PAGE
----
My father placed number one on the first two exams, and yet he was still denied admission to the conservatory. My mother explained to me that the leaders of the conservatory found an inconsistency in my father's application. In those days you couldn't apply for admission if you were older than twenty-five. Dad was, in fact, twenty-five at the time, but a teacher advised him to put down twenty-four so that if he failed the exams, he could reapply the next year. My father followed the teacher's advice, but because he is an honest man, right below, in parentheses, he wrote, "Real age: 25." They immediately disqualified him--this, even though he had twice placed number one. I could only imagine how he suffered, to have his dreams dashed for such a stupid infraction that had nothing to do with his talent.
After that, my mother's father forbade her to see my father at all. According to my grandfather, the incident proved that Lang Guoren was not worthy of his daughter's company. Mom was told to return all the small gifts my dad had given her, and she had no choice but to obey.
"But you married him anyway," I reminded her.
"As I said, your father is a tenacious man. He would not let me go. Now that he was no longer preoccupied with his studies, he would not stop calling me at my job. On some days he must have called fifty times. He called so often I could hardly do my work. He would insist that I accompany him to a concert or a play. When I told him that my father had forbidden me, he said, 'You don't have to tell your father.' "
So a new, even more secret phase of their relationship began. It wasn't at all romantic; at first my parents were simply friends. My mother began enjoying my father's company more and more. But although she realized that they had many artistic interests in common and she saw that he was intelligent, she let him know that she did not see her future with him.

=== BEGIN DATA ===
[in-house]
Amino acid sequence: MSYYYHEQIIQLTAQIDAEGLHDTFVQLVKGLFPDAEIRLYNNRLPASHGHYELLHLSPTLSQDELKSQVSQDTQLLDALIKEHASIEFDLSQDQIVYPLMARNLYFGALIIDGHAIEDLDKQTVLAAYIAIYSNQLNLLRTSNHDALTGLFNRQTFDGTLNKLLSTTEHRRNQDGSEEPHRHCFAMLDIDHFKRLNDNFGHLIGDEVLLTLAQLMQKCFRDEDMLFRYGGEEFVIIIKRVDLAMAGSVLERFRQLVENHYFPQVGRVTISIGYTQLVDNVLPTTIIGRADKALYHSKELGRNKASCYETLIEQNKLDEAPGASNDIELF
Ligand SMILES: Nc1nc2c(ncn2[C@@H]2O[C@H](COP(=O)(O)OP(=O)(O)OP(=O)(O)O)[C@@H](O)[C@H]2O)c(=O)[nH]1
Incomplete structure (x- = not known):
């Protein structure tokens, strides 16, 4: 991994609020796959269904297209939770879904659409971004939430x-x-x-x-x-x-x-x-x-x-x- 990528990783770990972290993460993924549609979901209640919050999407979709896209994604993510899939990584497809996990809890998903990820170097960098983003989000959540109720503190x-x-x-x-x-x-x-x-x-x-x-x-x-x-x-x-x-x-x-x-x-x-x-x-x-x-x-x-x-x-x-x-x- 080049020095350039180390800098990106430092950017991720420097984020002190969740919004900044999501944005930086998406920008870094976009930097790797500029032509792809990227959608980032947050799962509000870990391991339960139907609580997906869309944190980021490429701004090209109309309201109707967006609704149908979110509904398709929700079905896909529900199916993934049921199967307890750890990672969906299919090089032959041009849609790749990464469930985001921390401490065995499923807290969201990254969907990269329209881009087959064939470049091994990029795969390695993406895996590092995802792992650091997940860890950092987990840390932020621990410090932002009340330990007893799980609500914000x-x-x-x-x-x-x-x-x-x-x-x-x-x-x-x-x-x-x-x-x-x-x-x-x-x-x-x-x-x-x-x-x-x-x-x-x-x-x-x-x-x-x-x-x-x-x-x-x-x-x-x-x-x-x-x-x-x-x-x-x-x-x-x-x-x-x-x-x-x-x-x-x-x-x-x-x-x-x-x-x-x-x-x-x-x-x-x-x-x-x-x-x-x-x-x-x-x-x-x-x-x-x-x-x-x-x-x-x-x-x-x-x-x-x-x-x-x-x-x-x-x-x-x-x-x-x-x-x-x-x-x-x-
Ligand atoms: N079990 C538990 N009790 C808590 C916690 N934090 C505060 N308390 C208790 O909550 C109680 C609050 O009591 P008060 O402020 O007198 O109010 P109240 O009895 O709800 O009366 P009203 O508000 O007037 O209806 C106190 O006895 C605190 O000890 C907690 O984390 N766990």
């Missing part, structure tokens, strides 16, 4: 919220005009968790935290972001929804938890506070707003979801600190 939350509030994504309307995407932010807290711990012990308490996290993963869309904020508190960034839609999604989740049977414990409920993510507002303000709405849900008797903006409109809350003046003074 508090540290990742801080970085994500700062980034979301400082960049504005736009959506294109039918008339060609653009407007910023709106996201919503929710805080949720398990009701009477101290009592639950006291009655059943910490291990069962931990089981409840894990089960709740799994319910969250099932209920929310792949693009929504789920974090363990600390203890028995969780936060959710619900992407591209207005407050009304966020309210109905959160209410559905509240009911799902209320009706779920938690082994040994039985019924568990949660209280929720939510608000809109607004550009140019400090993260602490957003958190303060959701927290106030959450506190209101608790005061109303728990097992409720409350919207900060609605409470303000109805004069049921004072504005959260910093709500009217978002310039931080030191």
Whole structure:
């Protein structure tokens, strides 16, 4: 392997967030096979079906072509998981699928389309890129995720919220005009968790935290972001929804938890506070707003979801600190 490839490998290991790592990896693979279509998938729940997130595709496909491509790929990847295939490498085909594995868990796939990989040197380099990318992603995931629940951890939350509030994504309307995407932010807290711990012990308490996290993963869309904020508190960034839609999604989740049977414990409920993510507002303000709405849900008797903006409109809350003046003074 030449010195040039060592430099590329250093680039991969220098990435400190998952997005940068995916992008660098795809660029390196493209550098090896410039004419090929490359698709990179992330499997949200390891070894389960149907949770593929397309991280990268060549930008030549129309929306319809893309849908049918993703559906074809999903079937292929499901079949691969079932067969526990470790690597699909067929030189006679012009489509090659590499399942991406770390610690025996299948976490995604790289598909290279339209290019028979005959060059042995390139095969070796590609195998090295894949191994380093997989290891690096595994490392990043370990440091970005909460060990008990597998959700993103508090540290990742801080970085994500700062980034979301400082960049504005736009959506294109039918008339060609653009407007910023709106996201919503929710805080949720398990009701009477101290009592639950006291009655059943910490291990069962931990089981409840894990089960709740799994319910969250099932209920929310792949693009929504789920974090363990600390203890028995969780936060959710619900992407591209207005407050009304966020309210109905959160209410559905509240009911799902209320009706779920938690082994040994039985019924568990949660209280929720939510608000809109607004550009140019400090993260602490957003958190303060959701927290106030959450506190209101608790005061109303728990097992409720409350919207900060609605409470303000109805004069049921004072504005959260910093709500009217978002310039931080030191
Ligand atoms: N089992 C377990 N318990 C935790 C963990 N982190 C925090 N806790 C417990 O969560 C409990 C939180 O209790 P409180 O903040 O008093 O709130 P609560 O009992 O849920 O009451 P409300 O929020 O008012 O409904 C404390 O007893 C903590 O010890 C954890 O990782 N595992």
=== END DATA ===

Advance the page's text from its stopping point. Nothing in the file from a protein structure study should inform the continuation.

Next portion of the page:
" 'Don't underestimate me, Zhou Xiulan,' Lang Guoren told me. 'I will have a good future. I'll prove it to you. I will become a professional musician.'
"Because my own artistic dream had been denied, I didn't believe him. I didn't think it was possible for him to find a stable job as an artist.
" 'I will find a job,' he said, 'and I will win your love.' "
Of course, as with anything my father put his mind to, he succeeded on both counts. The Air Force had a program for musicians to play in its band, but to enter it, you had to pass exams. The Air Force orchestra's pay was decent and the work steady. If he got in, my father would no longer have to work his two jobs, one at the factory and one in the acrobatic circus. So he found a teacher at the Shenyang Conservatory of Music to tutor him. For months he practiced his erhu day and night, outside so that he wouldn't disturb anyone, beginning at 4:00 a.m. before he went to work and until midnight after work. His discipline never faltered, and, true to his word, when the exam day came, he excelled. He was finally granted admission to the Air Force as a soloist and concertmaster of the orchestra.
Mom's father was impressed. "Perhaps I have misjudged the man, Zhou Xiulan," he said. "He is ambitious and persistent. I will no longer interfere in your friendship with him."
Their friendship blossomed into love. I didn't see my dad as a romantic man, but when my mother told the story, I understood that he had passion. My parents were married on April 22, 1980, and I was born a little more than two years later.
At first they lived with my paternal grandparents. But when Dad's younger brother married, he needed a place to live with his new bride. My father, being generous, offered his place in their parents' home. In those days, you couldn't just buy an apartment, because apartments were allocated by the state. But as an Air Force musician, my father qualified for a room in the barracks. He and my mother, who was pregnant with me at the time, could move there, and that would solve the problem. But new complications emerged: Chairman Deng Xiaoping was reforming China, and one of his goals was to reduce the size of the military; Dad learned that the Shenyang Air Force orchestra would be dismantled in a couple of years, and when that happened, he would not be entitled to a room.